Here’s a really informative video that goes over some basic archaeological site etiquette…  (If you’d like to view the rest of the videos in the ‘Visit With Respect’ series, please click HERE.)

 

Directions:

From Blanding: Head south on Hwy 191 for 4 miles and turn right (west) on Hwy 95 toward Natural Bridges National Monument & Hanksville.  Continue on Hwy 95 for approximately 10.5 miles until you see a pullout on the right side of the road near the sign for the Butler Wash Ruins.  The trailhead is located at this pullout.  (If you reach the turnoff for the Butler Wash Ruins you’ve gone too far!)

 

For more information or to request travel brochures, please call Utah’s Canyon Country at: 800-574-4386

Or e-mail us at: info@utahscanyoncountry.com

 

Posted in Blanding, Hiking, National Monuments, Rock Art, Ruins, Things to do for FREE!, Things to do with kids, Travel, Utah | Tagged , , , , , , , , , , | 9 Comments

Canyonlands Lodging- Cabin & Vacation Home Rentals

Canyonlands Lodging - Canyon View Cabin

Canyonlands Lodging – Canyon View Cabin

Short term vacation rentals seem to be growing in popularity at an extremely fast rate these past few years, and Canyonlands Lodging has gotten in on the game in a big way in San Juan & Grand counties.  Canyonlands Lodging owns and/or manages over 50 properties from Moab down to south of Blanding, which offer a great alternative to traditional hotels & motels.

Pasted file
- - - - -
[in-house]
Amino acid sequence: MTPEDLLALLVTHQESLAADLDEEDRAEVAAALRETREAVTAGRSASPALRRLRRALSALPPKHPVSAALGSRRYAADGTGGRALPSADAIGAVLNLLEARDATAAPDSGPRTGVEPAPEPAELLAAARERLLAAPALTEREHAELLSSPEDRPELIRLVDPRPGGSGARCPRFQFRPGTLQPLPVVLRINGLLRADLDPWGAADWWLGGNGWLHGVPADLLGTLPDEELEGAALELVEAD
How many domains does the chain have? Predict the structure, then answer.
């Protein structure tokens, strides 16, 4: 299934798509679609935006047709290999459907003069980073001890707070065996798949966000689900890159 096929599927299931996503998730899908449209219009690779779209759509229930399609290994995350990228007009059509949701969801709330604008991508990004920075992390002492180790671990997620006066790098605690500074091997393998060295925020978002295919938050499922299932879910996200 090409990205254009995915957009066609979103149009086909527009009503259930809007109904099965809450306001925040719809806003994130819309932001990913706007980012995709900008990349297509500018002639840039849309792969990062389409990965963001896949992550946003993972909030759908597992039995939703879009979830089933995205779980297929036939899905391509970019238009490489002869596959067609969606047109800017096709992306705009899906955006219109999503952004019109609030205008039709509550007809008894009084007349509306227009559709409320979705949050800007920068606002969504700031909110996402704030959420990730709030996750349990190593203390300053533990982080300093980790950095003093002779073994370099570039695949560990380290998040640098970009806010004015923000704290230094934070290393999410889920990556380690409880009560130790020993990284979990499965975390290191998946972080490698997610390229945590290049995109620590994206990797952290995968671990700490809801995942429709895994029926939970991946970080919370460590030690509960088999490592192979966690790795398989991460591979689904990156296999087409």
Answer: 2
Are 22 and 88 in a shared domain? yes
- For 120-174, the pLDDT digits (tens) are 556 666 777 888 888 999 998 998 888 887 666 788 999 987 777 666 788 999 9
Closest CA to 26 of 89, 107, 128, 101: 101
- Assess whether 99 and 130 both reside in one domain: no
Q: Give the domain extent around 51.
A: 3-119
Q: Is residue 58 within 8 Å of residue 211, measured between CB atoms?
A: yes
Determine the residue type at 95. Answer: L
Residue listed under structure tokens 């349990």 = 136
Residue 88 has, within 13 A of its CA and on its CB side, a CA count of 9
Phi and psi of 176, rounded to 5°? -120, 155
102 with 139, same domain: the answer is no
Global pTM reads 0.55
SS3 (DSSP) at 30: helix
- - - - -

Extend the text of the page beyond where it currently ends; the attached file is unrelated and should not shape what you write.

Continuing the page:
There are many reasons that people may search for alternative lodging; traveling or meeting up with a large group, traveling with pets or horses, desire to cook your own meals, etc.  Or in the case of my family, the NEED to be able to cook our own food due to my son’s multiple & severe food allergies.  When we travel, if we’re going to be staying somewhere more than just a night or two, we MUST have accommodations with a full kitchen, so that leaves us looking for either extended stay type hotels with kitchens, or short term house or apartment rentals.  Whatever people’s reasons are for seeking out short term rentals, I’m grateful that there are as many options out there as there are!

Right before Christmas Jerry Murdock, the owner of Canyonlands Lodging- took me out and gave me a tour of some of the properties they own and manage.  I’ve been looking at pictures of the cabins on their website for years, but it was great to get out and take a look at them in person.  They have a few new cabins and homes that have recently been added to their website too, although we couldn’t visit all of them since some were occupied the day we went out and some where already closed up for the winter.  Plus, there are about 50 of them!  Way too many for a one day outing!  But I was totally impressed with the ones we did see, and wanted to share some of my photos on my blog…